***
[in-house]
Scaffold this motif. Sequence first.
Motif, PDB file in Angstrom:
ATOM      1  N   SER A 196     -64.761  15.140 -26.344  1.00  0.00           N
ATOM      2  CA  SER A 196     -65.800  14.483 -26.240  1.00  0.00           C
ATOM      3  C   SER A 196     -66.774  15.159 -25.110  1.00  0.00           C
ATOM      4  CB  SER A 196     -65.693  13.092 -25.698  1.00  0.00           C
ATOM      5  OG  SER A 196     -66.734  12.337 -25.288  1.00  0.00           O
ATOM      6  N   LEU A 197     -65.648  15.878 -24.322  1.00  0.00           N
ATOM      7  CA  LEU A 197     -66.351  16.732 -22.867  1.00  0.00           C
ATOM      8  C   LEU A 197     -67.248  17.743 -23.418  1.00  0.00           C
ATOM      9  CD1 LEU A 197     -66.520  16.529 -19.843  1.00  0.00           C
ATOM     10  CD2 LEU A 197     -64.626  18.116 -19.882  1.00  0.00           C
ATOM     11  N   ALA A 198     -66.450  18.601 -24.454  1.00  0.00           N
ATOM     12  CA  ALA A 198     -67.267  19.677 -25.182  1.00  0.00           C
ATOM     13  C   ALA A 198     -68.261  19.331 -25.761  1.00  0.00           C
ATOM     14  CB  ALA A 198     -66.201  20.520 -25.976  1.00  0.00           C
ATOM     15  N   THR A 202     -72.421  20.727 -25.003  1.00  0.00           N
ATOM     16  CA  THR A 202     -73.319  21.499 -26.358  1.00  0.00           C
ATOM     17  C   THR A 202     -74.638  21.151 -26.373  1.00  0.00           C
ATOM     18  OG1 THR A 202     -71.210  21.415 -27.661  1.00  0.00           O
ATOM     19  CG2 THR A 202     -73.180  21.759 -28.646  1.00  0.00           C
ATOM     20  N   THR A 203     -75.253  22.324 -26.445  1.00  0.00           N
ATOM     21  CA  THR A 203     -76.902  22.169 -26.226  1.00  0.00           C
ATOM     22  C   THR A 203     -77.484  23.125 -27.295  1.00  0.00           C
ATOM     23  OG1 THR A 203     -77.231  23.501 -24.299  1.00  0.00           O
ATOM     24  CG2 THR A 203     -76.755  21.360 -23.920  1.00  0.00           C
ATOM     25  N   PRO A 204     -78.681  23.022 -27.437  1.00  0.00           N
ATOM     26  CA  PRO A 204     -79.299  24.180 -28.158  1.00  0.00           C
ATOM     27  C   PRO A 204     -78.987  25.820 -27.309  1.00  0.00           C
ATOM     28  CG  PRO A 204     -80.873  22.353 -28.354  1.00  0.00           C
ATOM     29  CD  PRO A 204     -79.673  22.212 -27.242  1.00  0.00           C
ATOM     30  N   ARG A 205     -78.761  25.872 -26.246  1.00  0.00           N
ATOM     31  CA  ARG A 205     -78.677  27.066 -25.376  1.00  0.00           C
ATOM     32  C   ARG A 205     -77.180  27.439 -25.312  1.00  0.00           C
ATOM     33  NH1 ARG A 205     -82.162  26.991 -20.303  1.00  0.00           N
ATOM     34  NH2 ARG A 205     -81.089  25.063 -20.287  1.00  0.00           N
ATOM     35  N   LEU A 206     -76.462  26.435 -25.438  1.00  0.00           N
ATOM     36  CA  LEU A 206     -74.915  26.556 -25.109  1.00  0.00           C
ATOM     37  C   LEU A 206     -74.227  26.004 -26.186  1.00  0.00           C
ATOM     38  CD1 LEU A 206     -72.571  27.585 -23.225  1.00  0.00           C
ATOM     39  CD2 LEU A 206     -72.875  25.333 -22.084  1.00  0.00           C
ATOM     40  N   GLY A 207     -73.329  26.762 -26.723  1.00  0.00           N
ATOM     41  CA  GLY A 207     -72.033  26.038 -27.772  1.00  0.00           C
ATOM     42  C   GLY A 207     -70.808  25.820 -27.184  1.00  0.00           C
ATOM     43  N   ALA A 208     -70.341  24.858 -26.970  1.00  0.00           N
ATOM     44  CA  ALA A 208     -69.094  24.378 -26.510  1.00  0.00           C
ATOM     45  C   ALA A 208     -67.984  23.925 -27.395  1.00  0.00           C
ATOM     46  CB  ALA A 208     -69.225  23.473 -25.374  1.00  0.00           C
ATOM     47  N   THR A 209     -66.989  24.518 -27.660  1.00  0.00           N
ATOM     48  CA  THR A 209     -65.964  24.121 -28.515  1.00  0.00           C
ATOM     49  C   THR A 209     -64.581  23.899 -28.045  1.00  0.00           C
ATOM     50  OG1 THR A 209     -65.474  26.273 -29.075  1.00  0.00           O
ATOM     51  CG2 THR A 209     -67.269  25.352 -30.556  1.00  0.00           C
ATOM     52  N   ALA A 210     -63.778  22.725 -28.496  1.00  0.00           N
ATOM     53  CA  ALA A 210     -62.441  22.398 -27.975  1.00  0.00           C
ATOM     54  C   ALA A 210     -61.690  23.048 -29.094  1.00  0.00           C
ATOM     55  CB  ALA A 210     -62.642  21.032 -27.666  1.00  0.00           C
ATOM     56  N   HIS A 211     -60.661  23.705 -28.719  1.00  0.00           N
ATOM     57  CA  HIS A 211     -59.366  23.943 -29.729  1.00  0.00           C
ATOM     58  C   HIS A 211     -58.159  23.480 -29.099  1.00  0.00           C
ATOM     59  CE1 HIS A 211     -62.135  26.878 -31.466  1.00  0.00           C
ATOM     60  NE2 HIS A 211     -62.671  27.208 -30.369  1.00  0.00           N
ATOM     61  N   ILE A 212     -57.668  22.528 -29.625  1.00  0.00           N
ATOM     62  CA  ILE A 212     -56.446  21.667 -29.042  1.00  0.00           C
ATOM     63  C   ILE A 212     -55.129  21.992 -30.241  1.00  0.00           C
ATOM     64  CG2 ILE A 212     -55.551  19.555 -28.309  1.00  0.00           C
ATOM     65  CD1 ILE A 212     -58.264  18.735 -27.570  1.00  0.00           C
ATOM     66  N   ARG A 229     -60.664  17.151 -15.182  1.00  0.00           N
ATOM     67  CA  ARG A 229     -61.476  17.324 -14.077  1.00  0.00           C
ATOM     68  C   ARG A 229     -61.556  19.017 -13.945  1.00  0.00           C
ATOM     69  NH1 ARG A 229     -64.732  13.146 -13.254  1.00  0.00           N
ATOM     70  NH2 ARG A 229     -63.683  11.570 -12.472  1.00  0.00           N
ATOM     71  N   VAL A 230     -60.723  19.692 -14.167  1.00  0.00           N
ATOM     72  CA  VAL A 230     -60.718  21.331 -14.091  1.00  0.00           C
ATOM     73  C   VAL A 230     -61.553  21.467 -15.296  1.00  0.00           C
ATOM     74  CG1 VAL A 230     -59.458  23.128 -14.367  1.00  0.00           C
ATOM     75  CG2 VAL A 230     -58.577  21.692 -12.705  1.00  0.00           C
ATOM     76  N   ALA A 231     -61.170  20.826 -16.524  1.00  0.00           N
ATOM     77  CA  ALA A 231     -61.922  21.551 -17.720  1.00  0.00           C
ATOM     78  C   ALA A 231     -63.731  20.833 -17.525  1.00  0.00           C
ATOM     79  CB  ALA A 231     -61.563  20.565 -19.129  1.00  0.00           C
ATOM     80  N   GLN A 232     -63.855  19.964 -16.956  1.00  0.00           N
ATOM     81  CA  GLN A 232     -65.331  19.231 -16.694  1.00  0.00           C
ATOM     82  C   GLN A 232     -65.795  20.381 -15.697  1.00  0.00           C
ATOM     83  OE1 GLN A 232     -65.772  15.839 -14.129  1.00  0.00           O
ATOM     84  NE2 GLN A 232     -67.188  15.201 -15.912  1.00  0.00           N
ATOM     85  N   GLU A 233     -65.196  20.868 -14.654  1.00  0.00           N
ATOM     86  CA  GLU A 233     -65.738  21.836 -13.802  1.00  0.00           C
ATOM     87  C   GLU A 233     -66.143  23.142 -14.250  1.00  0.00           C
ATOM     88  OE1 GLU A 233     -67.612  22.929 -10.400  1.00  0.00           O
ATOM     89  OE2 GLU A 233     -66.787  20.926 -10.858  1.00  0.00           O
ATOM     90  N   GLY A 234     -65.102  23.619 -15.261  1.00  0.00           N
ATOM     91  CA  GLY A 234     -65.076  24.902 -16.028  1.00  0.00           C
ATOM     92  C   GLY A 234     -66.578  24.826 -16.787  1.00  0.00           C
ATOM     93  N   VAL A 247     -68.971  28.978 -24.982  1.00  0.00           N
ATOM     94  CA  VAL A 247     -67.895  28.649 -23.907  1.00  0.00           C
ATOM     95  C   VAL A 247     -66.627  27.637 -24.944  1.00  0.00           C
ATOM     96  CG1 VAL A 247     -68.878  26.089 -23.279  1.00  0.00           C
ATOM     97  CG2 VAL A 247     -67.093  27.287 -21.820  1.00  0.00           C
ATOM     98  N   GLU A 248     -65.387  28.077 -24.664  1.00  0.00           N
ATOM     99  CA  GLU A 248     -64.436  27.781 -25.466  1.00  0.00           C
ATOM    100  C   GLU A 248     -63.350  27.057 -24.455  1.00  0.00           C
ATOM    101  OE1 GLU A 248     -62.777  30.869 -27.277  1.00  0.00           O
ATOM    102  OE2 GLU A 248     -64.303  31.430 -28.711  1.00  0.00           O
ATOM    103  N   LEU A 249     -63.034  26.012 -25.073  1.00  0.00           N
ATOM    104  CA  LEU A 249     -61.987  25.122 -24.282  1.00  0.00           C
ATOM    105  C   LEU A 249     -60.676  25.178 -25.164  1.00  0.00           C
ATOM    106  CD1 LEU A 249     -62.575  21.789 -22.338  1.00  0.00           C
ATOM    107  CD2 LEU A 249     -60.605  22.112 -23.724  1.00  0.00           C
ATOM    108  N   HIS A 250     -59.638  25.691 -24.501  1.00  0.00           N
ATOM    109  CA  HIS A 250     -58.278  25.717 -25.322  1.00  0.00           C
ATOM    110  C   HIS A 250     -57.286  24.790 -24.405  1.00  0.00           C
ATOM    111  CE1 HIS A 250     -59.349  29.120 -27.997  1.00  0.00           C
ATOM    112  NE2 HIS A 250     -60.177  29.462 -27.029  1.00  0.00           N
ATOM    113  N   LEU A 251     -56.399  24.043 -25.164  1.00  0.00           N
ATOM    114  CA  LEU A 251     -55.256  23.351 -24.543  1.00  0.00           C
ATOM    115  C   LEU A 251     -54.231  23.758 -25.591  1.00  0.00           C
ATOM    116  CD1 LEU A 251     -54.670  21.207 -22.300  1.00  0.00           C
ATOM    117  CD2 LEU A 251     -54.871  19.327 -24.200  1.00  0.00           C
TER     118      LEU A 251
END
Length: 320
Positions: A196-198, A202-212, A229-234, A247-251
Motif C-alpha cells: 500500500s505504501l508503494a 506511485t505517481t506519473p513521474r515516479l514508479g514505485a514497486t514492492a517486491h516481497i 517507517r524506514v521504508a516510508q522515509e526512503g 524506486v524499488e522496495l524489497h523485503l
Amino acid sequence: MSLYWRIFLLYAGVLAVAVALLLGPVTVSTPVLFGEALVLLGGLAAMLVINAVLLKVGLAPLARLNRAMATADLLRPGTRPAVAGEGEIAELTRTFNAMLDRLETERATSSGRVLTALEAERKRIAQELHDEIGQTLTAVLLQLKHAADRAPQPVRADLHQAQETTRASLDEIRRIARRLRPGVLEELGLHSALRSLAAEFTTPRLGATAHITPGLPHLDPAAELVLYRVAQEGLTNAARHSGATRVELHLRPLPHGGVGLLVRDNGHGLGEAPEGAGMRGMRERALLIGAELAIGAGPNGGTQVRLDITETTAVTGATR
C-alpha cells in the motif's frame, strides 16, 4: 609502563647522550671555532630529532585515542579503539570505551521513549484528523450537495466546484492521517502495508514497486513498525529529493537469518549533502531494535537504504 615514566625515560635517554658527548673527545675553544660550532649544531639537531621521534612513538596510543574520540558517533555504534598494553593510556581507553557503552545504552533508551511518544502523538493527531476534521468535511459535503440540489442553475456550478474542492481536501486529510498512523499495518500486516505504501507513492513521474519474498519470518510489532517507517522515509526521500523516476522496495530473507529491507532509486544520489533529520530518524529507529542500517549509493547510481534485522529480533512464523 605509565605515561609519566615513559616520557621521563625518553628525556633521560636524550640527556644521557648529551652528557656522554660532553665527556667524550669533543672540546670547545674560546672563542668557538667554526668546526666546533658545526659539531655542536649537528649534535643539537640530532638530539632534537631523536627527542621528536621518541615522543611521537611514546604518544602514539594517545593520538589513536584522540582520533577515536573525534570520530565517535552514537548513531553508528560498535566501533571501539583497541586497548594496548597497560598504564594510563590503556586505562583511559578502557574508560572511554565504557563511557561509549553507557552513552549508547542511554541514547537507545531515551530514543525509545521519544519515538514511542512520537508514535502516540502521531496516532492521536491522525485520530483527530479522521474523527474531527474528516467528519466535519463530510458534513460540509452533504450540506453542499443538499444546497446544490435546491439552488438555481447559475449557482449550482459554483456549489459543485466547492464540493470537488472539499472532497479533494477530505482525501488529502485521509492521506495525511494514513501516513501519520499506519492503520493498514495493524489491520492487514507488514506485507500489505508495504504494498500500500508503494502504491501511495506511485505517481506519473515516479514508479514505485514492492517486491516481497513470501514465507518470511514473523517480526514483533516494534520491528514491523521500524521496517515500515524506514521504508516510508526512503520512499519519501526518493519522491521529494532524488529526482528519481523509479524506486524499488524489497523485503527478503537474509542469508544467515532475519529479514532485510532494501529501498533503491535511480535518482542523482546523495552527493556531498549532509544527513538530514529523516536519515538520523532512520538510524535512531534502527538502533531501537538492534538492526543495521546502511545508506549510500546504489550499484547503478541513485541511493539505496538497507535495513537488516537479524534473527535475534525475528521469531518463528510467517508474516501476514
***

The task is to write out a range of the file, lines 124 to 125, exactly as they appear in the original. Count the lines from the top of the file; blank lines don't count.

Positions: A196-198, A202-212, A229-234, A247-251
Motif C-alpha cells: 500500500s505504501l508503494a 506511485t505517481t506519473p513521474r515516479l514508479g514505485a514497486t514492492a517486491h516481497i 517507517r524506514v521504508a516510508q522515509e526512503g 524506486v524499488e522496495l524489497h523485503l